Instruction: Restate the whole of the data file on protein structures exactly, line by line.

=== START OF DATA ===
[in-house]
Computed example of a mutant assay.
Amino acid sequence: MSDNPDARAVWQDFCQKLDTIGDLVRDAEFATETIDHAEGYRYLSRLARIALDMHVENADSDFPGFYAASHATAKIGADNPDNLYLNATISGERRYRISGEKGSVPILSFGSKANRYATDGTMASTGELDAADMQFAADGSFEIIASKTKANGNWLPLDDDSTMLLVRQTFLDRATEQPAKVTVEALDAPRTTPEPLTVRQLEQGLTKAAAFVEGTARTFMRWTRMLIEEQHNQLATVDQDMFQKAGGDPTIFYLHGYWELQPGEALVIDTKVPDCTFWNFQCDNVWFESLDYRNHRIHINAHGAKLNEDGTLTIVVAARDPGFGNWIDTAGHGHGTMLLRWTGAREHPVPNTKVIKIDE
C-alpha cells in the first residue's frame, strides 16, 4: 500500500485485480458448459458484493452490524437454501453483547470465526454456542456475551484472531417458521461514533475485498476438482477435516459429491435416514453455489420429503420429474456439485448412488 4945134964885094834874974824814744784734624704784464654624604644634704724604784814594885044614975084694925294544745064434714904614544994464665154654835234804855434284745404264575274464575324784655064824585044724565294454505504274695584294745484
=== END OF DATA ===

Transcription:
[in-house]
Computed example of a mutant assay.
Amino acid sequence: MSDNPDARAVWQDFCQKLDTIGDLVRDAEFATETIDHAEGYRYLSRLARIALDMHVENADSDFPGFYAASHATAKIGADNPDNLYLNATISGERRYRISGEKGSVPILSFGSKANRYATDGTMASTGELDAADMQFAADGSFEIIASKTKANGNWLPLDDDSTMLLVRQTFLDRATEQPAKVTVEALDAPRTTPEPLTVRQLEQGLTKAAAFVEGTARTFMRWTRMLIEEQHNQLATVDQDMFQKAGGDPTIFYLHGYWELQPGEALVIDTKVPDCTFWNFQCDNVWFESLDYRNHRIHINAHGAKLNEDGTLTIVVAARDPGFGNWIDTAGHGHGTMLLRWTGAREHPVPNTKVIKIDE
C-alpha cells in the first residue's frame, strides 16, 4: 500500500485485480458448459458484493452490524437454501453483547470465526454456542456475551484472531417458521461514533475485498476438482477435516459429491435416514453455489420429503420429474456439485448412488 4945134964885094834874974824814744784734624704784464654624604644634704724604784814594885044614975084694925294544745064434714904614544994464665154654835234804855434284745404264575274464575324784655064824585044724565294454505504274695584294745484